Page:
It’s among the most-desired unheard recordings in pop music history, right up there with Chinese Democracy before there were 17 layers of guitars added to the mix: it’s the duets of Michael Jackson and Freddie Mercury. The two singers hooked up at Jackson’s mansion in California in 1983, and over a six-hour session, they laid down three songs together: “There Must Be More to Life Than This,” “State of Shock,” and “Victory.”
If those titles sound familiar, that’s because you’ve heard versions of them before (“There Must Be More To Life Than This” appeared on Mercury’s Mr. Bad Guy solo album, while “State of Shock” is a single from The Jacksons’ Victory, with special guest Mick Jagger), though never the original demos. GOOD NEWS EVERYBODY.
A number of duets recorded by Queen frontman Freddie Mercury and Michael Jackson are to be released for the first time later this year.
The Times reports that around three tracks the pair recorded in 1983 will be made available to fans with Queen guitarist Brian May quoted as saying there will be, “something for folks to hear” in two months time. Mercury and Jackson worked together 30 years ago in California but failed to release anything substantial as they could not secure time to record further tracks.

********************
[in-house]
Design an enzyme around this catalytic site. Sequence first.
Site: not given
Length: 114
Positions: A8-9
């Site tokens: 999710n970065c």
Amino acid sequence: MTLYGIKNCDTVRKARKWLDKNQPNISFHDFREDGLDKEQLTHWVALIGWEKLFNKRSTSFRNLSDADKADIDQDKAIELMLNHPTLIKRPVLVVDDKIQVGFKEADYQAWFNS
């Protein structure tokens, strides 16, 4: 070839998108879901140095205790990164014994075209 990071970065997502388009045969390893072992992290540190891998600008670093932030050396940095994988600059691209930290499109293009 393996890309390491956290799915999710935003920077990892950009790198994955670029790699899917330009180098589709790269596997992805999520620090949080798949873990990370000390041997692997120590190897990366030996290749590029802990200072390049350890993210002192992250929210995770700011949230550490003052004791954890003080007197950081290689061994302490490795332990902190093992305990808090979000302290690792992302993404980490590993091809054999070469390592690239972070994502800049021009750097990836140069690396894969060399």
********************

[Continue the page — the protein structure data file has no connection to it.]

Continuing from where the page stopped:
Revealing some tension between Jackson and Mercury, Jim “Miami” Beach, a lawyer who became Queen’s manager, said that the pair fell out when Jackson brought a llama into the studio: “Mercury rang me and said: ‘Miami, dear, can you get over here? You’ve got to get me out of here, I’m recording with a llama.’”
Rumor has it, if you play the songs backward, you can hear Prince’s Camille.